In an interview with Fusion’s Jorge Ramos from Miami on Thursday, Carson was asked about Tuesday’s defeat of a law banning LGBT discrimination in Houston.
“How about we have a transgender bathroom?” Carson suggested.
“It is not fair for them to make everybody else uncomfortable. It’s one of the things that I don’t particularly like about the [LGBT] movement. I think everybody has equal rights, but I’m not sure that anybody should have extra rights – extra rights when it comes to redefining everything for everybody else and imposing your view on everybody else,” he added.
Chad Griffin, president of the Human Rights Campaign, condemned Carson’s comments as “dangerously transphobic.”
“Ben Carson’s hateful comments are out of touch and all candidates should immediately make clear that they disavow his dangerously transphobic views,” Griffin said in a statement. “Ben Carson can’t go a week without invoking reckless and irresponsible stereotypes about the LGBT community, and his suggestion that transgender people be required to use segregated bathrooms echoes an ugly past our country should never revisit.”
Watch the interview below:
Earlier this week, Buzzfeed unearthed a clip of Carson sharing his own theories of why the pyramids of Egypt were constructed: they were built by Joseph, of the Old testament, to store grain, not as tombs.
“My own personal theory is that Joseph built the pyramids to store grain,” Dr. Carson told the graduating class in 1998 at Andrews University. “Now all the archeologists think that they were made for the pharaohs’ graves. But, you know, it would have to be something awfully big if you stop and think about it. And I don’t think it’d just disappear over the course of time to store that much grain.”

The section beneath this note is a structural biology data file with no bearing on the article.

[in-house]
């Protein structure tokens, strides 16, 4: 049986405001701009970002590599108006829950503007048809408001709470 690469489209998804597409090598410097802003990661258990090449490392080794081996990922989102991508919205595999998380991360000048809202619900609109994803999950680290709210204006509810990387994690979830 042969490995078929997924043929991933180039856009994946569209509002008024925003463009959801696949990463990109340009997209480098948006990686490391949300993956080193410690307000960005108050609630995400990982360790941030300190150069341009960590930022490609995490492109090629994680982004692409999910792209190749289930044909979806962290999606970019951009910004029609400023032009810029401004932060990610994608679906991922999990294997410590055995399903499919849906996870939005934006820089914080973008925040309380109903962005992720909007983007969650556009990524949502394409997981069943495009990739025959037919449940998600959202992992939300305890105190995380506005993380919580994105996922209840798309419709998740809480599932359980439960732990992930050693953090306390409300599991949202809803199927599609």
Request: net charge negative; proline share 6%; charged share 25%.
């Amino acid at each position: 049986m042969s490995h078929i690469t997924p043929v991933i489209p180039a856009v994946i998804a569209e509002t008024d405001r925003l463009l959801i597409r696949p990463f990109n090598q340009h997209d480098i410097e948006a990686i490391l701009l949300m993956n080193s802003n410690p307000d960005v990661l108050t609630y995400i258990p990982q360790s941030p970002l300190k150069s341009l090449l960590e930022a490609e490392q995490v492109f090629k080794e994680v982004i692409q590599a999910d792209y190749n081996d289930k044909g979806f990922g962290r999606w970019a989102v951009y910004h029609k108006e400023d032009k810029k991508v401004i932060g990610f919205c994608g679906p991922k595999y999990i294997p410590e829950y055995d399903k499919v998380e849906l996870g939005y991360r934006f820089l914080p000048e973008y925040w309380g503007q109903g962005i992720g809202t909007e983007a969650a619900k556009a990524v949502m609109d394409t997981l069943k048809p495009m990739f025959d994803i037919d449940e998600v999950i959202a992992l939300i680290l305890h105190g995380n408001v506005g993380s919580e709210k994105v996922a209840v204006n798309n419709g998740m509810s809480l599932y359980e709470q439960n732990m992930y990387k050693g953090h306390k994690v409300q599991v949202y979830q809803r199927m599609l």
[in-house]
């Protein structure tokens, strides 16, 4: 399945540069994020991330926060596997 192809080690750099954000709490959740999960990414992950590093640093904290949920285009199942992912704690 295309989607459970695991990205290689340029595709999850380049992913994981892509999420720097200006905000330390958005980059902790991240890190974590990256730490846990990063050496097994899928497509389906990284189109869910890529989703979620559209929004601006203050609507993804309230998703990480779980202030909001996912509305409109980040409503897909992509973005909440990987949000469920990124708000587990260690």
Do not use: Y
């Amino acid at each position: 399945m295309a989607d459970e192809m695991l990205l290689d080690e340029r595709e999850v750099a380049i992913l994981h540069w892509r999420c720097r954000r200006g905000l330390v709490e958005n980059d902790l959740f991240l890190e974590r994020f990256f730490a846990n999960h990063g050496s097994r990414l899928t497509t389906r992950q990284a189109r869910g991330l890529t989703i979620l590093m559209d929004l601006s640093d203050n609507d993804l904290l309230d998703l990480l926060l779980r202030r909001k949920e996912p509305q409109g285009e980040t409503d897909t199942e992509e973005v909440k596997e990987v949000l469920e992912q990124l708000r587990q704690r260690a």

“And when you look at the way that the pyramids are made, with many chambers that are hermetically sealed, they’d have to be that way for various reasons. And various of scientists have said, ‘Well, you know there were alien beings that came down and they have special knowledge and that’s how—’ you know, it doesn’t require an alien being when God is with you.”
Watch the clip below:
In March, Carson said he believes that being gay is “absolutely” a choice because prisons prove people choose to be gay.
“Because a lot of people who go into prison go into prison straight — and when they come out, they’re gay,” Carson said during an interview on CNN with Chris Cuomo. “So, did something happen while they were in there? Ask yourself that question.”
The former neurosurgeon argued that LGBT people do not deserve the same equal protection under the law because they could choose not to be gay.
“You can’t just say because it happened that way, this time this is the same situation,” Carson explained. “It’s not the same situation. Because people have no control over their race for instance.”
“You think they have control over their sexuality?” Cuomo asked.
“Absolutely,” Carson replied.
“You think being gay is a choice,” Cuomo pressed.
“Absolutely,” Carson said. “Because a lot of people who go into prison, go into prison straight, and when they come out they’re gay. So, did something happen while they were in there? Ask yourself that question.”
To be clear, The American Psychological Association says “there is no consensus among scientists” on how a person’s sexual orientation is developed.”
Watch that interview below: